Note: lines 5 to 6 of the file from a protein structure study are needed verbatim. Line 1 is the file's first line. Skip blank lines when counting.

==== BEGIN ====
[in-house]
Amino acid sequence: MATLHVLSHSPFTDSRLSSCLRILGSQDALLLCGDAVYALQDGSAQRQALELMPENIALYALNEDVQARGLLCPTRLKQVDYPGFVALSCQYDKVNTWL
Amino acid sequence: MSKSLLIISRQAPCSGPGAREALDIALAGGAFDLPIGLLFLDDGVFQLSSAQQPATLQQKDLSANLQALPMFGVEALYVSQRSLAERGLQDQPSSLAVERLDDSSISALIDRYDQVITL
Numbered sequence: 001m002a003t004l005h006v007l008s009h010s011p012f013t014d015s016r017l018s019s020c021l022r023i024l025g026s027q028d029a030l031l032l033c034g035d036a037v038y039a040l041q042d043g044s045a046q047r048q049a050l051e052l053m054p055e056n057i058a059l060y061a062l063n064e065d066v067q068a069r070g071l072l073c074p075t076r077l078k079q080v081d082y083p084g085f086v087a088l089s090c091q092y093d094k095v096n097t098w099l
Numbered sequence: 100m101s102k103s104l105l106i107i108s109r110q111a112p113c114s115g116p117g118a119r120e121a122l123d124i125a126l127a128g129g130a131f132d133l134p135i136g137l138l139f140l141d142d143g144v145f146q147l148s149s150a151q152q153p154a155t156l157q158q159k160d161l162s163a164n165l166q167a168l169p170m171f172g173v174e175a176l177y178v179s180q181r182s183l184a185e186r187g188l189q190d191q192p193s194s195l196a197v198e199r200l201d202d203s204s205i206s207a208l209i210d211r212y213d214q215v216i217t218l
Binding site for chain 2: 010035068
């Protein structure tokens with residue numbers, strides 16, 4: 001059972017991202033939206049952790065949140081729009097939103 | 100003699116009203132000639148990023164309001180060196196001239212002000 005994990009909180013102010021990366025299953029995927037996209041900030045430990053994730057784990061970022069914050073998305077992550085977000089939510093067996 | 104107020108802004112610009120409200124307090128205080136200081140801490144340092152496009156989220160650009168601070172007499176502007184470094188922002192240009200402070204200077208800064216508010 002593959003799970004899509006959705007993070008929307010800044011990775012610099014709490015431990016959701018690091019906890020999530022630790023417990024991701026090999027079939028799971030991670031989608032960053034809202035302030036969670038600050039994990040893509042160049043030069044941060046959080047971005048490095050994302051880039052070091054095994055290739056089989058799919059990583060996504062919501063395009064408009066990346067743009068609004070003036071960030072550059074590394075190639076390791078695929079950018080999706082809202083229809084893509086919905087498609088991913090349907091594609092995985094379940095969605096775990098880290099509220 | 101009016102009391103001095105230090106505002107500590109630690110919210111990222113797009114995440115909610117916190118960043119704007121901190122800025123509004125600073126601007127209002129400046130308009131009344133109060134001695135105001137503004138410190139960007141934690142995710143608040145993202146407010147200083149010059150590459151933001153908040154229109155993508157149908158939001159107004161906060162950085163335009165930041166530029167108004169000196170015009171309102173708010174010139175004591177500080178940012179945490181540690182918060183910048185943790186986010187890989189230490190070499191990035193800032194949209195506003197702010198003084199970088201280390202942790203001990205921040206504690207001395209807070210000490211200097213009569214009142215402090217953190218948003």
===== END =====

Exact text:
Numbered sequence: 100m101s102k103s104l105l106i107i108s109r110q111a112p113c114s115g116p117g118a119r120e121a122l123d124i125a126l127a128g129g130a131f132d133l134p135i136g137l138l139f140l141d142d143g144v145f146q147l148s149s150a151q152q153p154a155t156l157q158q159k160d161l162s163a164n165l166q167a168l169p170m171f172g173v174e175a176l177y178v179s180q181r182s183l184a185e186r187g188l189q190d191q192p193s194s195l196a197v198e199r200l201d202d203s204s205i206s207a208l209i210d211r212y213d214q215v216i217t218l
Binding site for chain 2: 010035068